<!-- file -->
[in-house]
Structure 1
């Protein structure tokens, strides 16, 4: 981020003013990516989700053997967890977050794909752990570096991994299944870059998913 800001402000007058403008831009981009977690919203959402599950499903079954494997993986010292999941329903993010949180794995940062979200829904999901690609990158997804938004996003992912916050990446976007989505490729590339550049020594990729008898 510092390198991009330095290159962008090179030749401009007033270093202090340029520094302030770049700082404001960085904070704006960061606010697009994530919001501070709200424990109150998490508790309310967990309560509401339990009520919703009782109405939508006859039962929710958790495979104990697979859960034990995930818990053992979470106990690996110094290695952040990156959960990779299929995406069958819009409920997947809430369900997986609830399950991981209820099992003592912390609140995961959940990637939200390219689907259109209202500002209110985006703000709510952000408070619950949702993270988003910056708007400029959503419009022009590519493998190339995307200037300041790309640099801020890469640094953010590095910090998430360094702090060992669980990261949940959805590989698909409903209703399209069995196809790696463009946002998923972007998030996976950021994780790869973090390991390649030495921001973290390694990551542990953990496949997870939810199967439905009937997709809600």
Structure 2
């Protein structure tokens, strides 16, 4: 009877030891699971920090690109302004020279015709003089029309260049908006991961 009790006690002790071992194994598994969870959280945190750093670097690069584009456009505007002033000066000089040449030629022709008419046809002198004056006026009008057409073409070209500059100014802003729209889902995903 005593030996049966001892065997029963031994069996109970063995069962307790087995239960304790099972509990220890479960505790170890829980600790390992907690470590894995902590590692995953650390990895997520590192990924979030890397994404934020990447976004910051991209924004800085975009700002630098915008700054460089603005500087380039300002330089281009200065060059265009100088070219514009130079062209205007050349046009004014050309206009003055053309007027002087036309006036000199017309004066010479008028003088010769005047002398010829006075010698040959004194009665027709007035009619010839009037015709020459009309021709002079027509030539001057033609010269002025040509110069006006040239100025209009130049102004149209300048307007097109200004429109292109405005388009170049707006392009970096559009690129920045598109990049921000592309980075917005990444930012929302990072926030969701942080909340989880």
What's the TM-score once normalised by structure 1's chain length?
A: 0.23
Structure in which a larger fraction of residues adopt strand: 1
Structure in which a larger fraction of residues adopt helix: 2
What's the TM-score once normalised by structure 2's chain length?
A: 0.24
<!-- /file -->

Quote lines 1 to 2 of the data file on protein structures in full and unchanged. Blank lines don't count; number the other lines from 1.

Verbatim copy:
[in-house]
Structure 1